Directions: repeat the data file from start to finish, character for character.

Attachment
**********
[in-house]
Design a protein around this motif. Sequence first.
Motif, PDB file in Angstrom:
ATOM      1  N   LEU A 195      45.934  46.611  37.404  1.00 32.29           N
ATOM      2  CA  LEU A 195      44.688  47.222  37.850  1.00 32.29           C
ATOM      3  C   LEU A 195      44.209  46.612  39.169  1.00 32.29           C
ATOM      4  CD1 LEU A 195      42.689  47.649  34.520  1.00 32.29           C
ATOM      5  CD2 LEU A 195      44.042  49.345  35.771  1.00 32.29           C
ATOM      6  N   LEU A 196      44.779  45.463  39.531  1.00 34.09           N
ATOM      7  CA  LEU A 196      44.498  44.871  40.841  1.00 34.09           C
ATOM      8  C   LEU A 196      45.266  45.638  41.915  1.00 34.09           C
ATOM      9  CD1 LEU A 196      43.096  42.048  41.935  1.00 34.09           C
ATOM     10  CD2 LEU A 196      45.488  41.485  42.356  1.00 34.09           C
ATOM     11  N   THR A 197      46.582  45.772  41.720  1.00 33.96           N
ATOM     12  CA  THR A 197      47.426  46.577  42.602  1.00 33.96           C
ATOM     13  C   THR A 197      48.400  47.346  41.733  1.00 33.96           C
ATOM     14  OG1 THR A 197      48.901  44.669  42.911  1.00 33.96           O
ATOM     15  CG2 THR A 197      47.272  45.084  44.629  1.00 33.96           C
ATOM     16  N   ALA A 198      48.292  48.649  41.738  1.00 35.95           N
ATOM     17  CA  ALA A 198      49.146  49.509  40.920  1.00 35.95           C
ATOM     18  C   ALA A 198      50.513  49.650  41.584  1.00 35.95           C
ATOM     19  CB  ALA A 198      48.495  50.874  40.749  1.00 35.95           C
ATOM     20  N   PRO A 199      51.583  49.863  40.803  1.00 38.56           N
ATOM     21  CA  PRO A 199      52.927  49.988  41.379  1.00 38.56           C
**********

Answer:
[in-house]
Design a protein around this motif. Sequence first.
Motif, PDB file in Angstrom:
ATOM      1  N   LEU A 195      45.934  46.611  37.404  1.00 32.29           N
ATOM      2  CA  LEU A 195      44.688  47.222  37.850  1.00 32.29           C
ATOM      3  C   LEU A 195      44.209  46.612  39.169  1.00 32.29           C
ATOM      4  CD1 LEU A 195      42.689  47.649  34.520  1.00 32.29           C
ATOM      5  CD2 LEU A 195      44.042  49.345  35.771  1.00 32.29           C
ATOM      6  N   LEU A 196      44.779  45.463  39.531  1.00 34.09           N
ATOM      7  CA  LEU A 196      44.498  44.871  40.841  1.00 34.09           C
ATOM      8  C   LEU A 196      45.266  45.638  41.915  1.00 34.09           C
ATOM      9  CD1 LEU A 196      43.096  42.048  41.935  1.00 34.09           C
ATOM     10  CD2 LEU A 196      45.488  41.485  42.356  1.00 34.09           C
ATOM     11  N   THR A 197      46.582  45.772  41.720  1.00 33.96           N
ATOM     12  CA  THR A 197      47.426  46.577  42.602  1.00 33.96           C
ATOM     13  C   THR A 197      48.400  47.346  41.733  1.00 33.96           C
ATOM     14  OG1 THR A 197      48.901  44.669  42.911  1.00 33.96           O
ATOM     15  CG2 THR A 197      47.272  45.084  44.629  1.00 33.96           C
ATOM     16  N   ALA A 198      48.292  48.649  41.738  1.00 35.95           N
ATOM     17  CA  ALA A 198      49.146  49.509  40.920  1.00 35.95           C
ATOM     18  C   ALA A 198      50.513  49.650  41.584  1.00 35.95           C
ATOM     19  CB  ALA A 198      48.495  50.874  40.749  1.00 35.95           C
ATOM     20  N   PRO A 199      51.583  49.863  40.803  1.00 38.56           N
ATOM     21  CA  PRO A 199      52.927  49.988  41.379  1.00 38.56           C